Team:TU Delft/Modeling/protein-production-model

From 2010.igem.org

Protein production model

This model is an extension of the RBS-characterization sub-project

Abstract

Characterizations of RBS sequences (and often promotors as well) require knowing the protein production rate during the exponential growth phase. However, plate reader measurements result in a time series of GFP measurements, reflecting protein concentrations. To convert from protein concentrations to protein production rates we propose fitting the measurement data to a simple model that incorporates protein production, dilution and degradation.

Previous models

We've noticed that previous teams have performed their protein expression rate analysis to only include current protein level (fluorescence measurements) and current biomass concentration (absorption measurements). However, we've found that during measurements, the protein concentration is also influenced by other factors:

  • The rapid growth of the bacteria dilutes the protein considerably
  • Proteins degrade over time.

See below for more on how we approached these issues.

Growth curve fitting

From the biomass, or optical density (OD), graph below, it could be concluded that the fastest growth occurs from 1 hour to 3 hours into the experiment. Within this timespan, it is assumed that growth is exponential, and growth rate can be calculated. The graph below shows 72 growth curves. All in all 12 wells were inoculated per strain carrying a different RBS sequence or 'empty' plasmid (I13401).

Tud2010 RBS OD.png

The exponential section of this graph was thus curve-fitted to an exponential growth model:

TUD2010 RBS Growth model.PNG

Which resulted in a growth rate ('mu') which was implemented in the dilution factor in the further calculations.

Biomass growth will dilute GFP

TUD2010 Gfpod all.png

The conventional method for characterization of RBS or promotor sequences is to assume that the derivative of the GFP fluorescence is equal to the production rate, as shown in the formula from Kelly et al [1]. TUDelft2010 RBS 1754-1611-3-4-i9.gif

However, this method would only be representable if the strains are subcultured multiple times from the exponential phase. In that case, a steady state GFP concentration (fluorescence) may be assumed and dilution is ignored. Due to the decrease in the biomass specific GFP fluorescence at the start of the measurements it was assumed that dilution effects played an important role in our data and thus was taken into account for our model.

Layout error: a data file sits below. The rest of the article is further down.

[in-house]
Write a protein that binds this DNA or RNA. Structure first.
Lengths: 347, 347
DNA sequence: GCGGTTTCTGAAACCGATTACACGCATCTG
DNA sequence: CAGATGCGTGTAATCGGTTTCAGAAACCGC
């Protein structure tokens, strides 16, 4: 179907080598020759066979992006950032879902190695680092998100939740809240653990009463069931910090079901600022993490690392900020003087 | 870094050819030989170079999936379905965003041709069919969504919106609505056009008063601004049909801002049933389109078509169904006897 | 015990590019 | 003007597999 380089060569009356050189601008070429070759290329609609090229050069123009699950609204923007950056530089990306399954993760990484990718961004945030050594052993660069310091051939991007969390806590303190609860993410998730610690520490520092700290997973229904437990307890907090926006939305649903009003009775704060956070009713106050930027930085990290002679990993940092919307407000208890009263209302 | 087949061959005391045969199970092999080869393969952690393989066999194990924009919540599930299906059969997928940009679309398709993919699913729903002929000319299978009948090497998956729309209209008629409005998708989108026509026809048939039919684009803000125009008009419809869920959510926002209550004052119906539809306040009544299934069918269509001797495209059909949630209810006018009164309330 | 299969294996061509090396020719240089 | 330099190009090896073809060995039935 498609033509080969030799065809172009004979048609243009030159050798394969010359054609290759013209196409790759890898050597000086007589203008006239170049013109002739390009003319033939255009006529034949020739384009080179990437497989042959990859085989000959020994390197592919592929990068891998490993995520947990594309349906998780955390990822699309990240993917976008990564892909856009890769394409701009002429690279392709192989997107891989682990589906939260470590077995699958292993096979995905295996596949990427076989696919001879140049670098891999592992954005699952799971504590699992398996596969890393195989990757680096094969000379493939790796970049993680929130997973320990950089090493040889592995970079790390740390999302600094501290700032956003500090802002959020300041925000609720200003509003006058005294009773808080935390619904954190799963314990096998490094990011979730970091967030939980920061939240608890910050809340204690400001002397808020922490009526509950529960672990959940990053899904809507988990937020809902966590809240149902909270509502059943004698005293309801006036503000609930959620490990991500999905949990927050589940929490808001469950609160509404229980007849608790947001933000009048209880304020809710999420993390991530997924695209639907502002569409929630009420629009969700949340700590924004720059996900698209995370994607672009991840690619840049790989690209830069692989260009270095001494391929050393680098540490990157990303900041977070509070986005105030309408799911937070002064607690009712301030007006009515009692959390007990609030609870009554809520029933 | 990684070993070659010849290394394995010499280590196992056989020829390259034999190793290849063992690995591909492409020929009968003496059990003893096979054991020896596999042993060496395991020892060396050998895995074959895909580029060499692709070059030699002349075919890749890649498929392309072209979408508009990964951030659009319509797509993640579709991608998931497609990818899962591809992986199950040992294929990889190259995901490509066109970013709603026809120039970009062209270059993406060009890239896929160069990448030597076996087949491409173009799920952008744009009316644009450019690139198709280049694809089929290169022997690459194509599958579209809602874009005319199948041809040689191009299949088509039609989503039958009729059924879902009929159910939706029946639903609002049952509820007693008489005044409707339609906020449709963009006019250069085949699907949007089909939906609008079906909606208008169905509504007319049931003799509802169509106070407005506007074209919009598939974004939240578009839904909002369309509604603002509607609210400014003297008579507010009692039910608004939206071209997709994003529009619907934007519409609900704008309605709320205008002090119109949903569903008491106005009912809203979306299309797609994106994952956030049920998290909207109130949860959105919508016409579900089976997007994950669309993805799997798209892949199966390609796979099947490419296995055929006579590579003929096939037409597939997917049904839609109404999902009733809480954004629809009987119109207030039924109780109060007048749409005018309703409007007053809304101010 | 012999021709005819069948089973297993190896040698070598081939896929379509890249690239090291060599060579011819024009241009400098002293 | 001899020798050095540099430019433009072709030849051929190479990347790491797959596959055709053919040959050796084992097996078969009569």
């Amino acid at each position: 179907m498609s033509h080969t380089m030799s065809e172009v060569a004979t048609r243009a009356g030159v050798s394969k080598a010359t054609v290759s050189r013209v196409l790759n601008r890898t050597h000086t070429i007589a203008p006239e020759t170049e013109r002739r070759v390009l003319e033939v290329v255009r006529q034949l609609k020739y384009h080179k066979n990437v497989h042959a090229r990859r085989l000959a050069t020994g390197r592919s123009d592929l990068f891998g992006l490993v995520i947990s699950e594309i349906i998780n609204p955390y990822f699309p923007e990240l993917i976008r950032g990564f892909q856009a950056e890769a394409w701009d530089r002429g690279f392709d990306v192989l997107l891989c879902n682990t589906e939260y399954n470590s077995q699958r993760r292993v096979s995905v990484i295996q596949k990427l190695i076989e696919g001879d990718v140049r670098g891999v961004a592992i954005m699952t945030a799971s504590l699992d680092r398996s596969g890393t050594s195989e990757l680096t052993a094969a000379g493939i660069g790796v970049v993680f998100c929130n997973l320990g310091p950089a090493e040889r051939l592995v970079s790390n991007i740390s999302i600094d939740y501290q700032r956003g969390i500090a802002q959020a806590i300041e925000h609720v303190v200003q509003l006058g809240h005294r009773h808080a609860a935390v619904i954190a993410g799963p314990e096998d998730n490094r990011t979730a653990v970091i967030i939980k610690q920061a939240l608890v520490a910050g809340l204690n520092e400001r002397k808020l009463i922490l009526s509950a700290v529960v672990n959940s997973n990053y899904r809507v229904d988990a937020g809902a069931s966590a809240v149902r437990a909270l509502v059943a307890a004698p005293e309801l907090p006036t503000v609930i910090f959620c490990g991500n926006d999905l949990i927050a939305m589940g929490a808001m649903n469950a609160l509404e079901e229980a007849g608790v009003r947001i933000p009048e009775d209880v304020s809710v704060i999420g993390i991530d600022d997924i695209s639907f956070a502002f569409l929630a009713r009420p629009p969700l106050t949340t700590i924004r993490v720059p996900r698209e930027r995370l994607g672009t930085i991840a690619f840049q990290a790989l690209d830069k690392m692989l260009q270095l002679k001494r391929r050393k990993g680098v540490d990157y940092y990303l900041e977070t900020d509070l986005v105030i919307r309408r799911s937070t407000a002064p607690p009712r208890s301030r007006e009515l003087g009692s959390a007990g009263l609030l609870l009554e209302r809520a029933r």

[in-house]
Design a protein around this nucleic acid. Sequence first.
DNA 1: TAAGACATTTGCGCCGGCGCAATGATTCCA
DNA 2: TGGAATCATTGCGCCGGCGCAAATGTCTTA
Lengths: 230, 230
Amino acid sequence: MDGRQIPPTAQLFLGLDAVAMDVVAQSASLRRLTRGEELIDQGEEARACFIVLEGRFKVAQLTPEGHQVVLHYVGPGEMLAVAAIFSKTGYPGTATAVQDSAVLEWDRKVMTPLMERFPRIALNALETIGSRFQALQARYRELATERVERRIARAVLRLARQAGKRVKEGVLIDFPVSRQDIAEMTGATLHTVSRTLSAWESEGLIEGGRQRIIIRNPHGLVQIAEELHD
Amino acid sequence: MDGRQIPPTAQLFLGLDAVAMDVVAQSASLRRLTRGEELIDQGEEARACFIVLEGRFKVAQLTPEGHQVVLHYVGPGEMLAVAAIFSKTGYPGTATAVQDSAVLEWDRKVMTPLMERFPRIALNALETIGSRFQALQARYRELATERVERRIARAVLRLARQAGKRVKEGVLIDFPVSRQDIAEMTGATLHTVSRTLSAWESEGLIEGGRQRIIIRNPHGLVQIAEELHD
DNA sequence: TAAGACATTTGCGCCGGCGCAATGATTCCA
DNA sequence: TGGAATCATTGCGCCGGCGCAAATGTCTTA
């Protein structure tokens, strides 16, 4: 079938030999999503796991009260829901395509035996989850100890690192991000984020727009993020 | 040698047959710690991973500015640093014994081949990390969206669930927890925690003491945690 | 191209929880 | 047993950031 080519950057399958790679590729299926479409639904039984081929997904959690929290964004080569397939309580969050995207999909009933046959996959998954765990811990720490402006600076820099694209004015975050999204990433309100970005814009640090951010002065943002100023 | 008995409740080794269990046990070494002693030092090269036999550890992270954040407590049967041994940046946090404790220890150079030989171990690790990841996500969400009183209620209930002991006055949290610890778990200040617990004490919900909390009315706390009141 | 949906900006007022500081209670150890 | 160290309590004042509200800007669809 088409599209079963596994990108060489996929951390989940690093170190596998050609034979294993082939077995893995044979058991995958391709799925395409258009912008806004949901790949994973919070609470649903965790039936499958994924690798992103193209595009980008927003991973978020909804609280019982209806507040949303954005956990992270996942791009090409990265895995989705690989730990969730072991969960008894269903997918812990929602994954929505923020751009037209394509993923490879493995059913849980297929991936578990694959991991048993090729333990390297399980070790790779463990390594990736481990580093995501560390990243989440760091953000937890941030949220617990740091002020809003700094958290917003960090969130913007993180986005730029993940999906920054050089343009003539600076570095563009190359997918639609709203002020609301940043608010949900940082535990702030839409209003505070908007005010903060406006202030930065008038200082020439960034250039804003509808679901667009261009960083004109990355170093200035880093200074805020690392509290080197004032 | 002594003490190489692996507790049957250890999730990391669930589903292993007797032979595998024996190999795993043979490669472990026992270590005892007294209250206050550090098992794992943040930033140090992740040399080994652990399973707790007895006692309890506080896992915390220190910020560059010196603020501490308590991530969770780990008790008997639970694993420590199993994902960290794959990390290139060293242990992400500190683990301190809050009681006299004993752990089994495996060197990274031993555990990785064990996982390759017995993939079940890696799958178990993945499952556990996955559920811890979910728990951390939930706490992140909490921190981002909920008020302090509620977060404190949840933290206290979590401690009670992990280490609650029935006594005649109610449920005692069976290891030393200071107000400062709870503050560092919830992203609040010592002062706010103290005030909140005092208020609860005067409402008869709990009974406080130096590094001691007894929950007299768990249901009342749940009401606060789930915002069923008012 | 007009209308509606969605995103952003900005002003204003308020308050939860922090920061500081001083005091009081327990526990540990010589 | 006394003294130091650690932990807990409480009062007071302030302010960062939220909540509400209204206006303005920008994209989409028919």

Protein production model

As discussed earlier, the protein production model will take dilution into account. Furthermore, the GFP protein used used is stable (half life 41 hours), thus the degradation term is negligible compared to dilution. These assumptions call forth the following formulas:

RBS Expression model.PNG

where:

  • Y is the GFP concentration
  • Beta is the production rate (the constant that we're interested in)
  • Alpha is the sum of the dilution rate and the degradation rate

Converting this equation into an explicit form results in:

TU2010 Gfp explicit.PNG

The 2 unknown parameters (beta and Y1) could now be curve-fitted against the biomass specific GFP data, using the lsqcurvefit command found in MatLab. The beta constants for each of the 72 wells were then determined and compared to the reference RBS BBa-B0032 to yield the relative RBS strengths listed in the results page.

Source code and data

http://2010.igem.org/wiki/images/8/88/TUDelft_2010_RBS_characterization.zip

References

[1] Jason R. Kelly, Adam J. Rubin, Joseph H. Davis, et al (March 2009). "Measuring the activity of BioBrick promoters using an in vivo reference standard". Journal of Biological Engineering 3: 4